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Tigo G5 NVMe SSD: Underclocking The SM2260

512GB NVMe SSD Performance

Comparison Products

Our 512GB-class NVMe SSD charts have filled out over the last couple of months, so we had to remove some drives to make room for new products. Many of the older models that are still competitive and unique remain, like the Intel SSD 750 Series 400GB.

NVMe SSDs were exclusively high-performance products when they first came to market, so they demanded premium prices. NVMe SSDs moved away from one class of products in late 2016. The first two entry-level NVMe SSDs, the Intel 600p and MyDigitalSSD BPX, came to market in late 2016. High-end products moved down a tier to fill out the mainstream NVMe marketplace, like the Patriot Hellfire M.2 and Plextor M8Pe series. The Samsung 960 EVO joined the mainstream group, as did the older Samsung 950 Pro.

We don't know a lot about the Tigo G5 at this time, and the company doesn't list random read or random write performance. We are the first outlet to receive the drive for this worldwide exclusive.

Sequential Read Performance

To read about our storage tests in-depth, please check out How We Test HDDs And SSDs. We cover four-corner testing on page six of our How We Test guide.

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At low queue depths, the Tigo G5 follows the Intel 600p through the chart. The G5 starts to overshadow the 384Gbit TLC-based 600p as we pass QD8. Both SM2260 drives trail many of the others at low queue depths, and that may play a role in why we haven't seen the SM2260 paired with 3D MLC until now.

Sequential Write Performance

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The Tigo G5 delivers nearly 100 MB/s more sequential write performance than the 600p across the queue depth range. This isn't a peak large-block performance test, so we didn't hit the 1,100 MB/s maximum claimed performance.

Sustained Sequential Write

The Tigo G5 appears to use an SLC buffer to increase its write performance. The buffer doesn't just absorb random 4KB data; it also soaks up 128KB blocks. The larger the block size, the less buffer write time is available. This test also reveals a troubling trend; there are three significant outliers during the latency portion of the test.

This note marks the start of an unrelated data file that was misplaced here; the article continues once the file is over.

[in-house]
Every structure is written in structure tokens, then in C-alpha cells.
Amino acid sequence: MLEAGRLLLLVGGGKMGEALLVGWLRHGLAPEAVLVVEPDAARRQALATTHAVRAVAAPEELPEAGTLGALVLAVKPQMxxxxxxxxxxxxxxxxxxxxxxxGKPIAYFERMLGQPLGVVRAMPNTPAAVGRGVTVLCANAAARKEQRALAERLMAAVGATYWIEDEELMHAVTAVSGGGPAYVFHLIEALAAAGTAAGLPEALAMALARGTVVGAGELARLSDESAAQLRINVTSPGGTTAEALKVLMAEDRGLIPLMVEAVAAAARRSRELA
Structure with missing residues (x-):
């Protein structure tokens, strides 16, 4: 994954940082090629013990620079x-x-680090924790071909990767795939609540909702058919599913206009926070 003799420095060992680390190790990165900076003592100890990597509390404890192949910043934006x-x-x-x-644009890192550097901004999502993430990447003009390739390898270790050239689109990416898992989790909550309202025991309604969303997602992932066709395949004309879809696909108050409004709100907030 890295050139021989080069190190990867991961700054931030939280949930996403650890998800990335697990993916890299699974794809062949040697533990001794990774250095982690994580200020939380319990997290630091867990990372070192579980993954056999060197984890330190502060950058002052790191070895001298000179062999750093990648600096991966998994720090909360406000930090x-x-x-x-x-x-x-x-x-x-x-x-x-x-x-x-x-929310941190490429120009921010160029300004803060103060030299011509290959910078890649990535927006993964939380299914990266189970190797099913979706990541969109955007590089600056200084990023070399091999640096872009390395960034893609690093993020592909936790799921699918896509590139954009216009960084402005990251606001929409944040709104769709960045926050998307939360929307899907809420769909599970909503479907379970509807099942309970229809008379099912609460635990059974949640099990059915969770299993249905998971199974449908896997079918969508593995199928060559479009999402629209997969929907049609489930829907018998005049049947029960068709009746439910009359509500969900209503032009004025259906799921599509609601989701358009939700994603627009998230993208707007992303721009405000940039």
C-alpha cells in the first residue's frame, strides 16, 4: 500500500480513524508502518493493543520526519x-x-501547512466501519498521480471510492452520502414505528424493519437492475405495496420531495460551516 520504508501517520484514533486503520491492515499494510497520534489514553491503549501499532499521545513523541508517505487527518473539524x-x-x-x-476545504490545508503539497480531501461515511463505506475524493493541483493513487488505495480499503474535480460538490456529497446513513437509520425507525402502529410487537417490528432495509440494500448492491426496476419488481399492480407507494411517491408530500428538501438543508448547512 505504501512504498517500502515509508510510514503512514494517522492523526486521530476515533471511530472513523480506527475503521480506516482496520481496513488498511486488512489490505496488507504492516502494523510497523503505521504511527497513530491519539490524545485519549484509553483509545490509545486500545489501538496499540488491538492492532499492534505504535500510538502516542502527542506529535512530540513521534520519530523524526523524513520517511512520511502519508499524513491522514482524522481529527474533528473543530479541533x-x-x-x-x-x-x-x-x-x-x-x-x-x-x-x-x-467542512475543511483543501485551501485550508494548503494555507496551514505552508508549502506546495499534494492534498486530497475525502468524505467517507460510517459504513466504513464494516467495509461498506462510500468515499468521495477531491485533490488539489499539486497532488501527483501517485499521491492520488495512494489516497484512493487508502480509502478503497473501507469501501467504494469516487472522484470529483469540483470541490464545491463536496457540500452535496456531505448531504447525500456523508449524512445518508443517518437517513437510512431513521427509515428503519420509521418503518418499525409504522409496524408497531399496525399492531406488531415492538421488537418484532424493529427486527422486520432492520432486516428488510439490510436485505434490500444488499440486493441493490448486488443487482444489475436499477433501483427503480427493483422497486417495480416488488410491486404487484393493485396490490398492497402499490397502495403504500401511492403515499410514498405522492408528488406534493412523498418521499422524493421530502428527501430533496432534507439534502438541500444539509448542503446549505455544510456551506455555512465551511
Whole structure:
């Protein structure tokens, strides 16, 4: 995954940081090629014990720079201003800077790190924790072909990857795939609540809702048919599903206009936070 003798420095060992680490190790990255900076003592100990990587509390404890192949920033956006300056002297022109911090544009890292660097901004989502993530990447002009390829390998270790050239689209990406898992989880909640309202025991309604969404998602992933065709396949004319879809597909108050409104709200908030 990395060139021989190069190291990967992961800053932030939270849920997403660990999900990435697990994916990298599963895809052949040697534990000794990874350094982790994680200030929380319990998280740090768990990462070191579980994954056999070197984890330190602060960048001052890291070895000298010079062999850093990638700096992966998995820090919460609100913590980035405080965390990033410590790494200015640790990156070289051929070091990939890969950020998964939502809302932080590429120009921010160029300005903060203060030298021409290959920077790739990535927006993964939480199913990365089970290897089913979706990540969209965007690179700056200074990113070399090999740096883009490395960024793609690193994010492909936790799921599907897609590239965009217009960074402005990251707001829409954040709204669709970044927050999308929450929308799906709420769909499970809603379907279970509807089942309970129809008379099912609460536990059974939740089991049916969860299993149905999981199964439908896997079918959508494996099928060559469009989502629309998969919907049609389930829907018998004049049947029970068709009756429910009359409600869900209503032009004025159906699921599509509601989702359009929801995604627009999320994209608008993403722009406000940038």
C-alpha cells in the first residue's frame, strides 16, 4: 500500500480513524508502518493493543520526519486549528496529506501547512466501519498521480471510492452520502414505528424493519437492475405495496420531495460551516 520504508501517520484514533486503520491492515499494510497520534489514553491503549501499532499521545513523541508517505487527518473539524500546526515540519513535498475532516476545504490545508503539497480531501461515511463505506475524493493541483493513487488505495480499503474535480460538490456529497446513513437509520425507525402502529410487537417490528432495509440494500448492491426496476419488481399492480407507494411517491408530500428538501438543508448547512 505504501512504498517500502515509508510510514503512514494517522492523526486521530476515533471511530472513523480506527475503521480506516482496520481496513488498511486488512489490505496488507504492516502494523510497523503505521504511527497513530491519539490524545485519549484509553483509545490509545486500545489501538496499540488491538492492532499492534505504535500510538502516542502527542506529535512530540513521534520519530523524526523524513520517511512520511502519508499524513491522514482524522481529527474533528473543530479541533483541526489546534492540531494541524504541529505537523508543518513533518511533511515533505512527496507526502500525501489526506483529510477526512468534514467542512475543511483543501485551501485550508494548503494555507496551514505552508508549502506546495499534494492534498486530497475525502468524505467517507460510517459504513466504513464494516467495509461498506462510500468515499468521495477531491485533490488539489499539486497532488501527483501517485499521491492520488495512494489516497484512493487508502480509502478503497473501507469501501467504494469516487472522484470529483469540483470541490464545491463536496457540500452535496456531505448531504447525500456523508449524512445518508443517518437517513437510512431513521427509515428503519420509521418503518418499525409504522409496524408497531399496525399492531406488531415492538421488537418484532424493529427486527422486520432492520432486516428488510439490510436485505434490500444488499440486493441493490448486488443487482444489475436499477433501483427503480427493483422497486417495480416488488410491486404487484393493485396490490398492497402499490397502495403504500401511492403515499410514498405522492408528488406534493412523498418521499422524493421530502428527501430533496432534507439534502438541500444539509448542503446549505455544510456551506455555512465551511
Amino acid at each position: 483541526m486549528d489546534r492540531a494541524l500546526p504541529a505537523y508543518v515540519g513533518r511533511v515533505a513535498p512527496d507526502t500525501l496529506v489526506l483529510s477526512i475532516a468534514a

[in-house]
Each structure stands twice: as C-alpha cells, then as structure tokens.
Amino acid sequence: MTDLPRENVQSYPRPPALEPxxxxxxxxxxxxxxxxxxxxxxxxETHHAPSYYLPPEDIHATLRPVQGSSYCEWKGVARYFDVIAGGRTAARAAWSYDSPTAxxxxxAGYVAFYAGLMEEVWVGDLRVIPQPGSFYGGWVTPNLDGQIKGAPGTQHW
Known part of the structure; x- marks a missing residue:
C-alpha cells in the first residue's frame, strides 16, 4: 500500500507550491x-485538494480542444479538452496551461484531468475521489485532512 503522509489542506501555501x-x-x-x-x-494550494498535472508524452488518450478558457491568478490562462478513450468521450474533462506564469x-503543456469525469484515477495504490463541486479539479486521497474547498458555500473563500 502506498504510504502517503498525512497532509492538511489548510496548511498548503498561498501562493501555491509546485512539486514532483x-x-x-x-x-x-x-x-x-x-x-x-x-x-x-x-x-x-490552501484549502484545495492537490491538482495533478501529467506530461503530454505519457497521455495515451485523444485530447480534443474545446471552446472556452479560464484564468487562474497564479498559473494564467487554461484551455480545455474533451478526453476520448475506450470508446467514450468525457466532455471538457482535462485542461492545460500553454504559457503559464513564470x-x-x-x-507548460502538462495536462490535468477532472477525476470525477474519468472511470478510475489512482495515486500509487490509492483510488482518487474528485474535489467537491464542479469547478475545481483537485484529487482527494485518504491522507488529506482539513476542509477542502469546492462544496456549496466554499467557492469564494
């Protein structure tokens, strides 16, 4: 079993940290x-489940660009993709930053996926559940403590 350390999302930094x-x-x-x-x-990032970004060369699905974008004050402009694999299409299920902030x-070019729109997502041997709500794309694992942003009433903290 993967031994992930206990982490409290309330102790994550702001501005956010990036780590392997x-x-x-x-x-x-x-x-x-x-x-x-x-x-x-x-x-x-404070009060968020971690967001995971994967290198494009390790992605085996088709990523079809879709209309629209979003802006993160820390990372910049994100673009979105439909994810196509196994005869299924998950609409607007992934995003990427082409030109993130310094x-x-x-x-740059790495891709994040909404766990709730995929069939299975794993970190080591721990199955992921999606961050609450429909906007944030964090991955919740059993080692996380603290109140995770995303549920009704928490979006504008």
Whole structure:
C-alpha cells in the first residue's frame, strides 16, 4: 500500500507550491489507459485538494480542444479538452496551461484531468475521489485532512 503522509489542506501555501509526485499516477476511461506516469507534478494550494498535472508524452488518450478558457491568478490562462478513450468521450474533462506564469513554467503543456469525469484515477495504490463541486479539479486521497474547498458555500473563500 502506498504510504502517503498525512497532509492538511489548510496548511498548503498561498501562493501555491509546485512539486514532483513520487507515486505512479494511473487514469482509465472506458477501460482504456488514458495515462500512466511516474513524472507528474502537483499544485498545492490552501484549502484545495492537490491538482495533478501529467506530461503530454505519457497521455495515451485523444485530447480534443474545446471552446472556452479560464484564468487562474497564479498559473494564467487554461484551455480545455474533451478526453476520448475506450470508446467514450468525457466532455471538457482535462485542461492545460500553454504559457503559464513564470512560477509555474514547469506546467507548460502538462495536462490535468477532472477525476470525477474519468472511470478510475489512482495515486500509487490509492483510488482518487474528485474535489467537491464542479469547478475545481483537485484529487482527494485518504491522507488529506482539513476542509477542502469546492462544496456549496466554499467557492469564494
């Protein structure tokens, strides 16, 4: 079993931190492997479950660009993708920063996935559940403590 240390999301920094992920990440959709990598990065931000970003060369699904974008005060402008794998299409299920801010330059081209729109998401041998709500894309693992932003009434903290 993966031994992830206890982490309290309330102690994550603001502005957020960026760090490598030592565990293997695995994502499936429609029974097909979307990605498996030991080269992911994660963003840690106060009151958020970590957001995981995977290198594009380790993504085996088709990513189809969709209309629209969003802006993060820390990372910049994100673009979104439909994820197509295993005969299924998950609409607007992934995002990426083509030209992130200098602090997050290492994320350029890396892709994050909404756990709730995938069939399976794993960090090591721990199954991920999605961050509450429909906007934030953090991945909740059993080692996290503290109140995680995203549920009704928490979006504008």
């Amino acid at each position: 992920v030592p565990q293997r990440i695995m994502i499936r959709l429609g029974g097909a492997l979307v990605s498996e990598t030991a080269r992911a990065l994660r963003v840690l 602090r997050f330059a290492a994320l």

Random Read Performance

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The Tigo G5 delivers more random read performance up to QD32 than the Intel 600p. The G5 surpasses 10,000 read IOPS at QD1, which is roughly a 20% increase over the TLC-based Intel. At low queue depths, the G5 competes well against the other modern low-cost NVMe products, like those with the Phison PS5007-E7, but it falls well short of the premium Intel, Samsung, and Plextor NVMe SSDs.

Random Write Performance

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Many of the NVMe SSDs deliver between 50,000 and 60,000 random write IOPS at QD1. The enterprise-derived SSD 750 Series is the only model that offers higher performance. The G5 performs in line with the second performance tier up to QD4, but the performance starts to level off after QD2 at 100,000 IOPS. For perspective, most SATA-based SSDs need QD16 or QD32 to reach 100,000 IOPS, which is well above what a majority of users generate in a typical environment.

80 Percent Sequential Mixed Workload

We describe our mixed workload testing in detail here and describe our steady state tests here.

Companies began tuning mixed workload performance after we started testing it four years ago. This workload is often overlooked, but during typical use, it is more important than the traditional four-corner tests. This is where the Tigo G5 armed with the SM2260 strikes back. SMI didn't tune the firmware for benchmark performance, that's fairly obvious, but instead it targeted the mixed workloads that are closer to real-world use.

80 Percent Random Mixed Workload

Even with its mixed workload focus, the Tigo G5 is just an average NVMe SSD. At this point, we just have to accept that, regardless of how amazing the Tigo G5 looks, it's still an average NVMe SSD in the performance category.

Sequential Steady-State

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Tigo built the G5 for gamers rather than studio professionals or those running write-intensive workloads. It's not the best design for heavy write workloads where you will push the SSD down into steady-state conditions.

Random Steady-State

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We expected more random write performance from IMFT's 3D MLC NAND, but sadly, its performance is nearly identical to 3D TLC on the Intel 600p. Both NVMe SSDs have a low steady-state baseline and spike when the buffer has space to accept incoming data. The result is inconsistent performance, so the G5 isn't a good choice for a consumer RAID array.

PCMark 8 Real-World Software Performance

For details on our real-world software performance testing, please click here.